January 9, 2019 report
Evidence found of oysters syncing valve behavior with lunar cycle
A team of researchers from the University of Bordeaux and CNRS, EPOC, UMR has found evidence that suggests oysters sync their valve behavior with the lunar cycle. In their paper published in the journal Biology Letters, the group describes their study of oysters in the wild over three and a half lunar cycles and what they observed.
It is commonly known that humans and other animals have a circadian clock, which is tied closely to the daytime/nighttime cycle of the sun. Other creatures have also been found to have internal clocks closely associated with the ocean's tides. In this new effort, the researchers have found that at least some oysters may have a type of lunar cycle.
To better understand the impact of the moon and its phases on oysters, the team captured 12 Pacific oysters off the coast of France and attached electrodes to them. They returned the oysters to the sea, where they were monitored for behaviors that could be linked to the behavior of the moon.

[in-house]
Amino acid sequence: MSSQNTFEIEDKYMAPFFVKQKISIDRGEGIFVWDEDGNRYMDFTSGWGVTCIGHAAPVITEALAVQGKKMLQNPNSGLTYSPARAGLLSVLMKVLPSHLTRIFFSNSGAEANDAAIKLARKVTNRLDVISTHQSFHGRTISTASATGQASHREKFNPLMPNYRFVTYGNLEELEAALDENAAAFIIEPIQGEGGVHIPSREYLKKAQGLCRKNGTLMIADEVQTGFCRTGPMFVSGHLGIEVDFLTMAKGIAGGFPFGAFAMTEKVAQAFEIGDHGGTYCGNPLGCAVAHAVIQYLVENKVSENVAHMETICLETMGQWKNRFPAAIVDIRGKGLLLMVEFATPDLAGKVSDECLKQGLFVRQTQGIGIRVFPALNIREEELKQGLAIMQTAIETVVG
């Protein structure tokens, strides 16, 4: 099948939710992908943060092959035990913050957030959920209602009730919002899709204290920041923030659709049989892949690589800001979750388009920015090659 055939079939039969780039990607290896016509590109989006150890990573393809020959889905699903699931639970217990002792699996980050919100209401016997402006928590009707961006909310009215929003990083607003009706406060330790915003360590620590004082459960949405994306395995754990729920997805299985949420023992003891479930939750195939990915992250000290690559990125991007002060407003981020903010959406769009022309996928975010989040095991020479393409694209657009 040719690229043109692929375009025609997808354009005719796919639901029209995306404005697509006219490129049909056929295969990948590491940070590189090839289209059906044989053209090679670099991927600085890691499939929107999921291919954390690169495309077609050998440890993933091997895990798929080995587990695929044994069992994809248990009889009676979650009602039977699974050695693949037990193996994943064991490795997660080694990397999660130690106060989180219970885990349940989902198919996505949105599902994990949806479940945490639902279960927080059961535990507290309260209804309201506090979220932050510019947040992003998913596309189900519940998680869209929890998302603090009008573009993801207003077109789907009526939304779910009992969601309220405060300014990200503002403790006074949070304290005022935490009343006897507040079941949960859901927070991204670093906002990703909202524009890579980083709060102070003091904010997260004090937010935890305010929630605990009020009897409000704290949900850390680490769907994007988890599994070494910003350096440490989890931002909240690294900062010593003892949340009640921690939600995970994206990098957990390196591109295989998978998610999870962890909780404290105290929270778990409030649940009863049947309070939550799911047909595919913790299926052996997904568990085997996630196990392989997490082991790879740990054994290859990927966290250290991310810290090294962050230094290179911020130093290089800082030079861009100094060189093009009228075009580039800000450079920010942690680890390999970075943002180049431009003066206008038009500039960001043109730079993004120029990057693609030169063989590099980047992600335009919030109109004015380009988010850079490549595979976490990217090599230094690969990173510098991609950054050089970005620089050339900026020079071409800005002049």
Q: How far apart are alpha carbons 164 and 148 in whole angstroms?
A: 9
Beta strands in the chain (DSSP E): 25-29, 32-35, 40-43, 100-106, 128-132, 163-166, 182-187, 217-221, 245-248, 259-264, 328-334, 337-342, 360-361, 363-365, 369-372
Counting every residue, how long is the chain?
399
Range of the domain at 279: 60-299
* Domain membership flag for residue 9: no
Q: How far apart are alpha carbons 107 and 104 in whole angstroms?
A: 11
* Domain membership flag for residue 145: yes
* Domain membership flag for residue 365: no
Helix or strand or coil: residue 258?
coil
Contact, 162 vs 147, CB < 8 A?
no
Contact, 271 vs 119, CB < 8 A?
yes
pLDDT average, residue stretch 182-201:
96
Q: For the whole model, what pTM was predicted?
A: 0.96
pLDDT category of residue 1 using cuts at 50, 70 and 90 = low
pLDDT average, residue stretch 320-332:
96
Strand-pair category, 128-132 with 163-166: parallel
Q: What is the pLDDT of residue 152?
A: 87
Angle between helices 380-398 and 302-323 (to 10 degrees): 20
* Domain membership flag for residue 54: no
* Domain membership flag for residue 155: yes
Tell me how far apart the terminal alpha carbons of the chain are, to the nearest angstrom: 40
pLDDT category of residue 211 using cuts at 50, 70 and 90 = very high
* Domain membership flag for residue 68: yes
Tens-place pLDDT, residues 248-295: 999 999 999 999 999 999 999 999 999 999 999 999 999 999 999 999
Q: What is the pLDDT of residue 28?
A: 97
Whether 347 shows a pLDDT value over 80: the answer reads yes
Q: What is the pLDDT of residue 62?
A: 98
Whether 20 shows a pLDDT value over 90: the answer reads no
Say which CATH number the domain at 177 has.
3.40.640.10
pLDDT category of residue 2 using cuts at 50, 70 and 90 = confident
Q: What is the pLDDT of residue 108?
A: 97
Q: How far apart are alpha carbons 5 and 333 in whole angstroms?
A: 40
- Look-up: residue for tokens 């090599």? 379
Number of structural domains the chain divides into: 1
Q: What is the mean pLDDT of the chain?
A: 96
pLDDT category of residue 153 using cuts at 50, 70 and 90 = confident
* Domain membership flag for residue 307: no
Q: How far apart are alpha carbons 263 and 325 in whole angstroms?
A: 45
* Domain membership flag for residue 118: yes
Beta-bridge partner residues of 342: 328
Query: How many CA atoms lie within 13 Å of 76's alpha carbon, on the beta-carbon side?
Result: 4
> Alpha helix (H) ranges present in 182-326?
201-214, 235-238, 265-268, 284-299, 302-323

In comparing data from the monitors with astronomical charts, the researchers found that the oysters opened their valves at different times depending on the phase of the moon. They found that the valves were most open during the build-up to and during a new moon. In contrast, the valves were less open during the time when the moon was entering its first quarter and full phases. More specifically, they found that the mollusks were opening their valves more during times when it was darker at night. They suggest their findings indicate that oysters can somehow sense moonlight.
They also suggest that over time, the sensing ability of the oysters may have led to the development of an internal clock based on the phases of the moon—thus, an oyster would be less likely to open during the time when the moon would normally cast the greatest amount of light, regardless of whether that light actually reached them. Clouds or other coverings could have an impact on how much light reaches the oysters.
The researchers suggest further that an internal lunar clock could be beneficial to oysters because it would be tied to the times when food was most plentiful due to low light levels.
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